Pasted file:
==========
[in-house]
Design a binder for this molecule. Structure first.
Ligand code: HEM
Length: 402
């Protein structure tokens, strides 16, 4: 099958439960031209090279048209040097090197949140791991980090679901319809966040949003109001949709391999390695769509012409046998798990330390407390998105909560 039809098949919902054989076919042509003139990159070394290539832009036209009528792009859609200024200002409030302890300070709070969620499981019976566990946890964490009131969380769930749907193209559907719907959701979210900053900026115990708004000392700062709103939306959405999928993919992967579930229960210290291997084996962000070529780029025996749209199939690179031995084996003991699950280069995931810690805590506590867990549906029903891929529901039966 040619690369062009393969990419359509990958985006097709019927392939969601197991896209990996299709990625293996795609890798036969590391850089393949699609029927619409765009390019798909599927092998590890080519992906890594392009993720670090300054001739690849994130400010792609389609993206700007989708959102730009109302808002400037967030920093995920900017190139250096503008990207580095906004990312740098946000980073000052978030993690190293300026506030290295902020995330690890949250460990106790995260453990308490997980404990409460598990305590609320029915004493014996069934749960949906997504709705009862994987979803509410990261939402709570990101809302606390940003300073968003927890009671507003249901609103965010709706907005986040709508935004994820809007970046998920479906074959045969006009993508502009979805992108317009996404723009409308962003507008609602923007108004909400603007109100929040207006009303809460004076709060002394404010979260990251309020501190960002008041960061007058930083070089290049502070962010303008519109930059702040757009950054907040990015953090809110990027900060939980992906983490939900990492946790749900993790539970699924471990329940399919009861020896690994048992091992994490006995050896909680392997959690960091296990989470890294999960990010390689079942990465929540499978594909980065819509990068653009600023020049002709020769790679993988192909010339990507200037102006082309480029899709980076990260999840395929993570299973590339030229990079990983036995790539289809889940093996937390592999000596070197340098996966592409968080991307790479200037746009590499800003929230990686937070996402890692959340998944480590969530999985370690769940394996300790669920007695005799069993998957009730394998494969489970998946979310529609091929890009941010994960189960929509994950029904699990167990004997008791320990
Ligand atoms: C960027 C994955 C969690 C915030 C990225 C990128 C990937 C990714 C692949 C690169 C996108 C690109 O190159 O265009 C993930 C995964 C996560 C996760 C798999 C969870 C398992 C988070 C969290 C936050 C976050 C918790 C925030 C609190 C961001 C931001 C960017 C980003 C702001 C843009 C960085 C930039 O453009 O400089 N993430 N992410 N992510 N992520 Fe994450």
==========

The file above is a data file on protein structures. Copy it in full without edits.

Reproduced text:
[in-house]
Design a binder for this molecule. Structure first.
Ligand code: HEM
Length: 402
């Protein structure tokens, strides 16, 4: 099958439960031209090279048209040097090197949140791991980090679901319809966040949003109001949709391999390695769509012409046998798990330390407390998105909560 039809098949919902054989076919042509003139990159070394290539832009036209009528792009859609200024200002409030302890300070709070969620499981019976566990946890964490009131969380769930749907193209559907719907959701979210900053900026115990708004000392700062709103939306959405999928993919992967579930229960210290291997084996962000070529780029025996749209199939690179031995084996003991699950280069995931810690805590506590867990549906029903891929529901039966 040619690369062009393969990419359509990958985006097709019927392939969601197991896209990996299709990625293996795609890798036969590391850089393949699609029927619409765009390019798909599927092998590890080519992906890594392009993720670090300054001739690849994130400010792609389609993206700007989708959102730009109302808002400037967030920093995920900017190139250096503008990207580095906004990312740098946000980073000052978030993690190293300026506030290295902020995330690890949250460990106790995260453990308490997980404990409460598990305590609320029915004493014996069934749960949906997504709705009862994987979803509410990261939402709570990101809302606390940003300073968003927890009671507003249901609103965010709706907005986040709508935004994820809007970046998920479906074959045969006009993508502009979805992108317009996404723009409308962003507008609602923007108004909400603007109100929040207006009303809460004076709060002394404010979260990251309020501190960002008041960061007058930083070089290049502070962010303008519109930059702040757009950054907040990015953090809110990027900060939980992906983490939900990492946790749900993790539970699924471990329940399919009861020896690994048992091992994490006995050896909680392997959690960091296990989470890294999960990010390689079942990465929540499978594909980065819509990068653009600023020049002709020769790679993988192909010339990507200037102006082309480029899709980076990260999840395929993570299973590339030229990079990983036995790539289809889940093996937390592999000596070197340098996966592409968080991307790479200037746009590499800003929230990686937070996402890692959340998944480590969530999985370690769940394996300790669920007695005799069993998957009730394998494969489970998946979310529609091929890009941010994960189960929509994950029904699990167990004997008791320990
Ligand atoms: C960027 C994955 C969690 C915030 C990225 C990128 C990937 C990714 C692949 C690169 C996108 C690109 O190159 O265009 C993930 C995964 C996560 C996760 C798999 C969870 C398992 C988070 C969290 C936050 C976050 C918790 C925030 C609190 C961001 C931001 C960017 C980003 C702001 C843009 C960085 C930039 O453009 O400089 N993430 N992410 N992510 N992520 Fe994450």